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Retirement Savings Tips For Gen Xers

retirement saving tips generation x

Retirement saving tips are important for every generation, whether you are retired, nearing retirement or just getting started. While the media places a lot of attention on Baby Boomers and Millennials saving for retirement, there’s that “forgotten” generation that needs to be addressed: Generation X.

Gen Xers are quickly on their way toward retirement age, yet many are not on track for a comfortable retirement life. According to the Transamerica Center for Retirement Studies, the median age that Gen Xers began to save was 30. This is quite a few years older than Millennials, who began at 24. Additionally, although they are older, they spend more on unnecessary expenses, such as dining out and shopping, when compared with Millennials.

Financial Hardships Among Generation X

It is true, this is a generation that has experienced plenty financial challenges. Pensions began to dwindle when they hit the workforce, and at the time, few employers were offering 401(k) plans. As their finances began to normalize, then came the Great Recession. Gen Xers took the hardest hit, as many had their money tied up in their homes. The financial crisis was like a domino effect, as it later created unemployment, causing some individuals to dip into their retirement, while others started racking up huge credit card debt.

Despite the challenges they have faced, and their current financial struggles, as a Gen Xer, you can still enjoy a comfortable retirement. However, now is the time to get serious about retirement. You have the next 15 or so years on your side, so take advantage of them.

These retirement saving tips can help you get started, or continue where you left off.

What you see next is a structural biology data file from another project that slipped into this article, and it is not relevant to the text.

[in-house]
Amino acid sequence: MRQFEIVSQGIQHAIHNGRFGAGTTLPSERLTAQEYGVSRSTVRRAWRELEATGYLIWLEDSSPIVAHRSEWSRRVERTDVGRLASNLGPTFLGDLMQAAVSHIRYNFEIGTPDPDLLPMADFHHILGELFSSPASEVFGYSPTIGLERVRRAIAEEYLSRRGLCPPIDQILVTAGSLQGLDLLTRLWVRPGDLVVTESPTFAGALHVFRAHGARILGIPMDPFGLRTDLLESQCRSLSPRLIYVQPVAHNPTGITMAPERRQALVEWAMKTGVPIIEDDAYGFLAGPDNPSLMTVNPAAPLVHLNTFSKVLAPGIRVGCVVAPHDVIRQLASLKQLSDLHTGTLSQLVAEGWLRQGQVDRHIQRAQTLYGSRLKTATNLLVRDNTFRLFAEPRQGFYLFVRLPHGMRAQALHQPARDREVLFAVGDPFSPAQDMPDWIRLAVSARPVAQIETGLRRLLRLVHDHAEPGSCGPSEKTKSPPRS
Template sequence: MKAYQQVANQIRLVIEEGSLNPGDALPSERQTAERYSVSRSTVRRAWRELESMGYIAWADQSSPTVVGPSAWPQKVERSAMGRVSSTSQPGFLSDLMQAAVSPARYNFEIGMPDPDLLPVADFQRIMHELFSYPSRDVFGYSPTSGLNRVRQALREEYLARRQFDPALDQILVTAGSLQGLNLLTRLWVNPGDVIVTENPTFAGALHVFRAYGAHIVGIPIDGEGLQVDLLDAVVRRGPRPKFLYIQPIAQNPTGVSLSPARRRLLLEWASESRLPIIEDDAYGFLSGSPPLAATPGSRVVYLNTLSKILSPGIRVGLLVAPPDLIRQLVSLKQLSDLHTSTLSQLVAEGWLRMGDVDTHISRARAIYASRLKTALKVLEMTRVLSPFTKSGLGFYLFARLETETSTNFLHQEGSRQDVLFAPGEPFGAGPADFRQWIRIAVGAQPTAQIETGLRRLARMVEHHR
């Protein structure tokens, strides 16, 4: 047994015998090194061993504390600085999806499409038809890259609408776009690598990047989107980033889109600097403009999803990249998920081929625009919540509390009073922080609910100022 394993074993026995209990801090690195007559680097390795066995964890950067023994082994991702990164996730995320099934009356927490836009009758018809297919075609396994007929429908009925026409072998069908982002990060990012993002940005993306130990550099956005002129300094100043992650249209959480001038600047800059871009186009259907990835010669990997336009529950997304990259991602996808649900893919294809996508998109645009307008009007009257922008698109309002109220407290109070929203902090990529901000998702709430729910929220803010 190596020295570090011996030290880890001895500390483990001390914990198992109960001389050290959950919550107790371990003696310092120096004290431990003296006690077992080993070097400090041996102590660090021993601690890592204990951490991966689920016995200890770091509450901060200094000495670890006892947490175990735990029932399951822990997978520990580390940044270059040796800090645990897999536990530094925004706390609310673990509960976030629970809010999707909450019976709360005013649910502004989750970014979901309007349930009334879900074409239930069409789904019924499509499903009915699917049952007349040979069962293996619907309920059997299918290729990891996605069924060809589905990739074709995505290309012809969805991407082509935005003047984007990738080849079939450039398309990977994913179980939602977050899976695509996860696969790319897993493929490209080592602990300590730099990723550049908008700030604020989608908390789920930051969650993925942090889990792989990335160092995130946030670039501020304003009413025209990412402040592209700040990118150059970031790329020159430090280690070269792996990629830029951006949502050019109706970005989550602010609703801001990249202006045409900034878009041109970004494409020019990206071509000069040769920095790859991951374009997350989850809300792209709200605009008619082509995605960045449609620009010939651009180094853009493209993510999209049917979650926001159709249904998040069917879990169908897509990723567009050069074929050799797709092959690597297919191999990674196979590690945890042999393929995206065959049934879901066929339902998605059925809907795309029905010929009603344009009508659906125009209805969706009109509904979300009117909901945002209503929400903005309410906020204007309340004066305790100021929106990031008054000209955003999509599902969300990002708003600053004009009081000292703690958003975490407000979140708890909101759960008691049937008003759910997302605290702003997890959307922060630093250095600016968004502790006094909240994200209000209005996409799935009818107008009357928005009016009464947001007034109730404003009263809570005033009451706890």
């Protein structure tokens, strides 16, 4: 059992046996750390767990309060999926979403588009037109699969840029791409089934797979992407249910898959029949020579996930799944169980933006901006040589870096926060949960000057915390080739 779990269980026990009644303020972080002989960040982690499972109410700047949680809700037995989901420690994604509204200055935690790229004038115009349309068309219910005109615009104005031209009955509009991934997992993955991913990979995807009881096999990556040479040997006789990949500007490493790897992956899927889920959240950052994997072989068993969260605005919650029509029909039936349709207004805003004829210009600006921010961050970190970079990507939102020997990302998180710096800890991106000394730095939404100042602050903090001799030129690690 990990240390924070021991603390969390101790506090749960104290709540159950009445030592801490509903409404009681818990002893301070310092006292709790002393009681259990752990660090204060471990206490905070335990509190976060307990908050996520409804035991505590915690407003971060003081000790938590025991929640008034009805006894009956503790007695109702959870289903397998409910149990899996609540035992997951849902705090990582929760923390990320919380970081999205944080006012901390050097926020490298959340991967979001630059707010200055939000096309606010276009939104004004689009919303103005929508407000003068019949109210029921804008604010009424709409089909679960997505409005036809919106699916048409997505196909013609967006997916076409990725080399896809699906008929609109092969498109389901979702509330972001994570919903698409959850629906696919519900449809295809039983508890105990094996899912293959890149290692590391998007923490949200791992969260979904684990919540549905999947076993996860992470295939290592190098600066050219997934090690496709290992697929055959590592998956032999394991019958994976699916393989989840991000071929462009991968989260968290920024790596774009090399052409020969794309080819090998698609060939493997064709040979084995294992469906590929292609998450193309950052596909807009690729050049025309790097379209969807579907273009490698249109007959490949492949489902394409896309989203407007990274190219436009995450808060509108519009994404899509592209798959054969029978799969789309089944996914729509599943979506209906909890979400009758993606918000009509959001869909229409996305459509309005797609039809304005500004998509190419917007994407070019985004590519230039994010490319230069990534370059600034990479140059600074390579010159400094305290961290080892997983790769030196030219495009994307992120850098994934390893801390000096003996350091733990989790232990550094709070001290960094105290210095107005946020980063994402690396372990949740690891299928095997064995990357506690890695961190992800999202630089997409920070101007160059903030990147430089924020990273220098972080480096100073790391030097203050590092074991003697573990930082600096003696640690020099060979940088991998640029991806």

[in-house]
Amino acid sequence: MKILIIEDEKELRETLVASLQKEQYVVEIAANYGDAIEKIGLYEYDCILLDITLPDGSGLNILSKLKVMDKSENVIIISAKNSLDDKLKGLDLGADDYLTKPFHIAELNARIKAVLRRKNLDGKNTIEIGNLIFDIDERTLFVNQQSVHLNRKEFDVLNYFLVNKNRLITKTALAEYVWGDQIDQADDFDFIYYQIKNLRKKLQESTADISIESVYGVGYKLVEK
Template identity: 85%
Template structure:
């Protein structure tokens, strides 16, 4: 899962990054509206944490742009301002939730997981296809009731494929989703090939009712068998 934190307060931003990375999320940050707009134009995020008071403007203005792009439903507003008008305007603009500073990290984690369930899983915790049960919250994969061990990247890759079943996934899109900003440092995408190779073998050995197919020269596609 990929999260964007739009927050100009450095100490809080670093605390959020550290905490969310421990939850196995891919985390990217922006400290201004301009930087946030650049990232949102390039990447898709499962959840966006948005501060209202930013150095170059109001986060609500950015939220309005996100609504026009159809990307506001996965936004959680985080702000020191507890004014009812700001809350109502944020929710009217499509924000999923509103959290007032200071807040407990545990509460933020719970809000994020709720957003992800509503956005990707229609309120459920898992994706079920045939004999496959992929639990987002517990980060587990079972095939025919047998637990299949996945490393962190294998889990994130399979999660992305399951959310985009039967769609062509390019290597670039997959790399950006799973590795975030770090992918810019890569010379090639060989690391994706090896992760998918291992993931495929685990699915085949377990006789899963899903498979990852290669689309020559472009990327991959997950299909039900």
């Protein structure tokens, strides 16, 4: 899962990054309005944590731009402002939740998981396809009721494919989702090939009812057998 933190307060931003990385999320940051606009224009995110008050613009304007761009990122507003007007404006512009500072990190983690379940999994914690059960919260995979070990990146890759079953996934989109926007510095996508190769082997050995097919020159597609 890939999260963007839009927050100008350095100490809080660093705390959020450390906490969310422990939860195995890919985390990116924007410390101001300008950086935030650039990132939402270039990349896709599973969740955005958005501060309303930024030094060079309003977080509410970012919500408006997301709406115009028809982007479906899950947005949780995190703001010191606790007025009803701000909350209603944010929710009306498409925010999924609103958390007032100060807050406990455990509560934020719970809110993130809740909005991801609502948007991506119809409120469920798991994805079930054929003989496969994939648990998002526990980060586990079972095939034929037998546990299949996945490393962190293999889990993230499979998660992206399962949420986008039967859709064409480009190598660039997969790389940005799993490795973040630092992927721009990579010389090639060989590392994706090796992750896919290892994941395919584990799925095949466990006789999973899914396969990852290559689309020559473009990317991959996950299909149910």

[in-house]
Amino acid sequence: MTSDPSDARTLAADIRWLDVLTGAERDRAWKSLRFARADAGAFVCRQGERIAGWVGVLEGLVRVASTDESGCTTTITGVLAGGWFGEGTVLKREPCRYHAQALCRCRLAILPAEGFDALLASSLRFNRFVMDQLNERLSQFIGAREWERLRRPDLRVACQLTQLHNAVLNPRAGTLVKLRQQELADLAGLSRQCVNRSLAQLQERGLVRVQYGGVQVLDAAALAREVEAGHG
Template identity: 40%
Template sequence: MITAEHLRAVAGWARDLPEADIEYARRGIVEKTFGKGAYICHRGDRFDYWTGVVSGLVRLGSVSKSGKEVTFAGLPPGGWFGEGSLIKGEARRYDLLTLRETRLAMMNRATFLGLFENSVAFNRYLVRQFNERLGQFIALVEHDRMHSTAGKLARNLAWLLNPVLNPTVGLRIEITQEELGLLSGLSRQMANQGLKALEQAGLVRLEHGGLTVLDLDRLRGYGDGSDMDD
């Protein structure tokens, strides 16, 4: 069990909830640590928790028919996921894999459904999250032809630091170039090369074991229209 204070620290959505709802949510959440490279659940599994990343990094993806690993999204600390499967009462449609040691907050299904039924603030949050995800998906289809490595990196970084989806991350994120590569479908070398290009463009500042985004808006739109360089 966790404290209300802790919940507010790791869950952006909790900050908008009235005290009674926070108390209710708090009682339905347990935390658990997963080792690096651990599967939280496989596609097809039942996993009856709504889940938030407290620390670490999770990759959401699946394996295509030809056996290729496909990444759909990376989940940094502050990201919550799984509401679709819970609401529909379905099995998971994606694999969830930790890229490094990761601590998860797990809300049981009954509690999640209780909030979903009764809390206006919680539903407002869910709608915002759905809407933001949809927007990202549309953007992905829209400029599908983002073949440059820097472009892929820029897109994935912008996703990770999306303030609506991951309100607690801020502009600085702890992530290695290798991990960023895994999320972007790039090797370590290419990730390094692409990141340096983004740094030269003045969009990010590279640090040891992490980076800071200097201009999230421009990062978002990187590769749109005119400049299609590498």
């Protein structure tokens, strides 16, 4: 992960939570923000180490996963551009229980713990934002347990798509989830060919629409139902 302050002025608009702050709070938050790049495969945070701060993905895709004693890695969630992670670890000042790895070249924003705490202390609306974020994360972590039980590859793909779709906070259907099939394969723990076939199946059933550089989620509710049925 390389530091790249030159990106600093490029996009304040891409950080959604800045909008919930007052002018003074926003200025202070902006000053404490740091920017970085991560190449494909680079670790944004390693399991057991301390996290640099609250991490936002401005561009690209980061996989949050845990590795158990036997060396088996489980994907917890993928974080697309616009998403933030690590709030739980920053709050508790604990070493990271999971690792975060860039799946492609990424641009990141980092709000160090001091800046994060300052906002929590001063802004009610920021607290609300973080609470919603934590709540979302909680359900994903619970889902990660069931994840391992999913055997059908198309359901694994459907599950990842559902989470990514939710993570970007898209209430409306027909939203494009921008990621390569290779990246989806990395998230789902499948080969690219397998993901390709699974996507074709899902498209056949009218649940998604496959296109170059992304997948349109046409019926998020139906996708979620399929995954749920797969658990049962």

Retirement Saving Tips

Create a Retirement Goal

Motivational speaker and author Zig Ziglar once said, “A goal properly set is halfway reached.” So let’s set goals for your retirement.

Step 1 – Visualize Retirement Goals

This is the fun part in our retirement saving tips: visualizing your future. It’s also our first step in creating your retirement goal.

What do you want to do during retirement? Do you want to vacation twice a year? Buy an RV and travel the country? Write down all of your goals and make sure they’re specific. If you have a spouse, write separate goals and make comparisons.

Step 2 – Determine Cost of Retirement Goals 

After you have visualized your ideal retirement, how much will it cost? How much will the investments within your retirement account need to generate in order to support your Golden Years? During this step, don’t worry if your retirement goals seem unrealistic – just start calculating. How much do you currently have in your 401(k) or IRA? How much will your investments need to generate to reach your goals?

Step 3 – Contingency Plan

Now it’s time to create the ultimate contingency plan in the event that your investments do not support your retirement goals. Let us not forget the threat of inflation and the likely event of unexpected costs.